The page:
TIFF Review: 'Anatomy of Assistance'

Anatomy of Assistance
(Canada, 13 min.)
Dir. Cory Bowles, Writ. John Titley
Starring: Keeya King, Raven Dauda, Kingslee Christie, Shamier Anderson, Matthew Owen Murray, and Clé Bennett.
Programme: Short Cuts Canada, Programme 6 (World Premiere)
Kingslee Christie and Keeya King star in Anatomy of Assistance. Photo by Elly Dassas.

There is a proverb, attributed ambiguously, which says, “Give a man a fish and you feed him for a day. Teach a man to fish and you feed him for a lifetime.” A young woman named Talia gets an eye-opening taste of this proverbial knowledge in the entertaining and socially conscious short Anatomy of Assistance, which premieres next Thursday at the Toronto International Film Festival. Talia, played by newcomer Keeya King, is on the receiving end of some financial aid thanks to an assistance program to help students at Clarkswell Secondary School. Most kids would be happy about getting an envelope stuffed with cash, but Talia refuses the system and thinks she can be the next Malcolm X by turning down the help.

“There’s no discrimination here, ok, every student gets it” advises her guidance counsellor, Mr. James (played by Barney’s Version’s Clé Bennett), to which Talia replies, “You mean every black student.” “It’s from black people,” Mr. James shoots back. Talia clearly has a lot to learn. She’s book smart, but she’s too young and naïve to grasp the long-term benefits of the assistance.

The greater life lesson comes later when a streetwise cop, Officer Rayley, (Raven Dauda) catches Talia in the park drinking cheap booze she bought she bought with her assistance money. A slow-zoom stare-down ensues between Talia and Officer Rayley, and the elder emerges the victor of the amusing standoff. She gives Talia a taste of what life could be like if she throws opportunity away.

Anatomy of Assistance is a fun coming-of-age tale. Director Cory Bowles (aka Cory on the hit series 'The Trailer Park Boys') balances the realistic snapshot of social and institutional divides with a fine layer of humour. There’s a good message about education and opportunity for teens, but also a youthful breeziness to the well-paced action and natural dialogue. Anatomy of Assistance also marks a notable film debut for star Keeya King who provides a believable and relatable turn as the film’s smart but misguided rebel. The film is well cast, with Dauda making a strong antagonist to King as Officer Rayley, who goes from foe to friend as she transforms from a cop with a chip on her shoulder to a well-intentioned elder who provides Talia a life-lesson she can’t find in a classroom.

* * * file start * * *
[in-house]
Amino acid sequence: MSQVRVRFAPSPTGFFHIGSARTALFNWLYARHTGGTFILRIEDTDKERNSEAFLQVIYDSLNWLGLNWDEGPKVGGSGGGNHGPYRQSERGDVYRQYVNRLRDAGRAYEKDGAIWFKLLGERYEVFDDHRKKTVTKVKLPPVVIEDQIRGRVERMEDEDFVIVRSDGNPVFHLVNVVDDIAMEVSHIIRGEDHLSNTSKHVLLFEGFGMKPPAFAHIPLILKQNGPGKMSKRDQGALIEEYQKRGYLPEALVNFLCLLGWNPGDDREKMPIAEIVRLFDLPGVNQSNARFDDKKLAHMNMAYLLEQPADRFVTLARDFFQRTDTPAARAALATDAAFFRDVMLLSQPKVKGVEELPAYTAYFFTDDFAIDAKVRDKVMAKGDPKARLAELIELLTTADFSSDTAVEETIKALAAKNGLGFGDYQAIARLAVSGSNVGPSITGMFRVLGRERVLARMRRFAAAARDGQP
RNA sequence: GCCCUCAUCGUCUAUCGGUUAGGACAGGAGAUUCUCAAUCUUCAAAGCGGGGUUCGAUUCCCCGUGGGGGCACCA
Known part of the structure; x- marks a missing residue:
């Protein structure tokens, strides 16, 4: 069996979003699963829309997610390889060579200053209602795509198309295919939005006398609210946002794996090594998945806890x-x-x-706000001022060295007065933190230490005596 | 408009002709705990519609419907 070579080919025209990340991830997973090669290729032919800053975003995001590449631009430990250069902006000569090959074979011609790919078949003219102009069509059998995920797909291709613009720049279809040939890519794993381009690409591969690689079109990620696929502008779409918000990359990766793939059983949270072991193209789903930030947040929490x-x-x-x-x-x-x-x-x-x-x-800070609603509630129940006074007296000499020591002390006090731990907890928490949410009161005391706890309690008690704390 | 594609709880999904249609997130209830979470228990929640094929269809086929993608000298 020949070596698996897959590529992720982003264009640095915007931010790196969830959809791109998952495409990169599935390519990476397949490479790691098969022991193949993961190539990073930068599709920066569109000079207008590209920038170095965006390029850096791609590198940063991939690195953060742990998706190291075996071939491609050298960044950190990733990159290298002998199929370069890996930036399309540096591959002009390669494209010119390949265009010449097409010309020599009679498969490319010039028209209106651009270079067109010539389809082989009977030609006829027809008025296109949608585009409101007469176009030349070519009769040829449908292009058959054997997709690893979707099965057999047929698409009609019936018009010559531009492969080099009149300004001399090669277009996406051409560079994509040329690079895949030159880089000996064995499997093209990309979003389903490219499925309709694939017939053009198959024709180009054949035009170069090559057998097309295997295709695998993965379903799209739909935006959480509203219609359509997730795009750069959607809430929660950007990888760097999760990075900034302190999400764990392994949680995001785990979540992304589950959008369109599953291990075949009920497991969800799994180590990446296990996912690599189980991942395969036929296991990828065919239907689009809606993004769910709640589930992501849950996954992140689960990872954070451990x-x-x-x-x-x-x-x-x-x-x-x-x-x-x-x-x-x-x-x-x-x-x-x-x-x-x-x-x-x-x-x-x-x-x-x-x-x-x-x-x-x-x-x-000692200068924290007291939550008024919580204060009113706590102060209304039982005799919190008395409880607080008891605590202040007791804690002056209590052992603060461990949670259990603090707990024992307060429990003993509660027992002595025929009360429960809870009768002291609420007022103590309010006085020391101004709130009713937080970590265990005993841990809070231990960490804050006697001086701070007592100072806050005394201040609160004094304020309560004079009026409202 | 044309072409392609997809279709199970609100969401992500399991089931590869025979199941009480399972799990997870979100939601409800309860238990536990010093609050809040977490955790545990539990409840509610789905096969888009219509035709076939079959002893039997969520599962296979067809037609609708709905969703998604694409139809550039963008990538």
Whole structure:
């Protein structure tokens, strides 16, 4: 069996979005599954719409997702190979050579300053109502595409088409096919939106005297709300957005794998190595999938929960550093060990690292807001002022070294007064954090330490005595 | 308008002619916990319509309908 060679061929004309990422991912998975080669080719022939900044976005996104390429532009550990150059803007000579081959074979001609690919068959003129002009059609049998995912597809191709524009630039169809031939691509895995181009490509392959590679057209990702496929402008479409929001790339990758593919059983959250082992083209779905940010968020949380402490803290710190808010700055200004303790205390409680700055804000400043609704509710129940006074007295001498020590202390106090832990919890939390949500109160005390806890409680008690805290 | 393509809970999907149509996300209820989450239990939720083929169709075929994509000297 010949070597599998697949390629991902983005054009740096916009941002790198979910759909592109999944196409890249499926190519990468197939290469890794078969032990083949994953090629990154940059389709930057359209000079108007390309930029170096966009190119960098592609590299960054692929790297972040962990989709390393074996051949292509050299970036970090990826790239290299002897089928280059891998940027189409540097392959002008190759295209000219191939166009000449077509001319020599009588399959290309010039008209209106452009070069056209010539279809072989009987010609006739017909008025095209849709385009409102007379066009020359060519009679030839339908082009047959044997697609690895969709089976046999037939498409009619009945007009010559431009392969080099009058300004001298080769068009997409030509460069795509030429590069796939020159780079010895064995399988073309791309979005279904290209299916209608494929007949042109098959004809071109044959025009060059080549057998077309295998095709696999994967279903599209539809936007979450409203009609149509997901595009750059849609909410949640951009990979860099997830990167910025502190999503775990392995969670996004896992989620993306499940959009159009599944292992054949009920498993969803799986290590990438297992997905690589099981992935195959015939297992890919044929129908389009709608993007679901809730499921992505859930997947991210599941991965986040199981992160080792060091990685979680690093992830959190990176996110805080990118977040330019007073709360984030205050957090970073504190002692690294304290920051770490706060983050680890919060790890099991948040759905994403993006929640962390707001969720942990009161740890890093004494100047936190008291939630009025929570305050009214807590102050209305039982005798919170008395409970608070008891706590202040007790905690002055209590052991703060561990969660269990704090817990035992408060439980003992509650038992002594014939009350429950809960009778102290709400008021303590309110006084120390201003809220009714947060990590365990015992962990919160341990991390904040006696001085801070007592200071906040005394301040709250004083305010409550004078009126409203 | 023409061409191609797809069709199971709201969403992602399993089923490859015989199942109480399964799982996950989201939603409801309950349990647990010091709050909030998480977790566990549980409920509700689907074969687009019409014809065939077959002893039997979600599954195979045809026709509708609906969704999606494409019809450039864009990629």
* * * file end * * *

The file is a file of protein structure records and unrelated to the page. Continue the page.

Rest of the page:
With a look and street-smarts reminiscent of Season 4 of HBO’s The Wire, Anatomy of Assistance is a fun and thoughtful satire on social gaps. There’s no shame in accepting assistance, but, as Rayley teaches Talia, there is in refusing help when so many others go needy. This sprightly short is an entertaining fable about the ways in which we can better the world by taking help and, in turn, helping others.

Rating: ★★★½ (out of ★★★★★)

Anatomy of Assistance screens in Short Cuts Canada 6:
-Thursday, Sept. 12 at 7:00 pm at TIFF Bell Lightbox 3
-Friday, Sept. 13 at 12:15 pm at TIFF Bell Lightbox 4

Some of the shorts will also be playing online 24 hours after their public screening, so please check http://www.youtube.com/tiff and see if Anatomy of Assistance is one them!

Please visit www.tiff.net for more information on this year's festival.